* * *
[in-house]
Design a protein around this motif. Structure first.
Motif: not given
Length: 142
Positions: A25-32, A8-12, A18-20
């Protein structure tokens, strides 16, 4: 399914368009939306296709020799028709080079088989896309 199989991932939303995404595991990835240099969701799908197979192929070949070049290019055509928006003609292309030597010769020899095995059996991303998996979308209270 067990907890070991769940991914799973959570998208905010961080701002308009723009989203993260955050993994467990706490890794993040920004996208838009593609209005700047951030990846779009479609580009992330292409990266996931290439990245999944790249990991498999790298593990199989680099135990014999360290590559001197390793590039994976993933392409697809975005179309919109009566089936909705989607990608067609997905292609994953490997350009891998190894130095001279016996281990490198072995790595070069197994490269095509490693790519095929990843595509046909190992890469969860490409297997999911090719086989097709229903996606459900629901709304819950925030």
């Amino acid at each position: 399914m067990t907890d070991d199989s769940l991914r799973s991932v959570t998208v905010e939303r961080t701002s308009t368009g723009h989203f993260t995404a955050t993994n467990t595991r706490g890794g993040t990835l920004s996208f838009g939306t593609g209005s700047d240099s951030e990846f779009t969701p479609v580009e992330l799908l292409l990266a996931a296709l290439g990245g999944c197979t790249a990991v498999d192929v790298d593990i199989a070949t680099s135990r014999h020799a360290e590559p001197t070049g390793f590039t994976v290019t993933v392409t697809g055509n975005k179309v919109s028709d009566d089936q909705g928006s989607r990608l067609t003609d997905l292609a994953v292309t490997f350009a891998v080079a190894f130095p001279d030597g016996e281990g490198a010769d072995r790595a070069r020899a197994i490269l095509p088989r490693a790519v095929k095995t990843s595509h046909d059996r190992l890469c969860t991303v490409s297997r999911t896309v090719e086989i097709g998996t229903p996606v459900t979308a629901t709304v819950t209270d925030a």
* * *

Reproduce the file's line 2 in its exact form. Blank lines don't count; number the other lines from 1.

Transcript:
Design a protein around this motif. Structure first.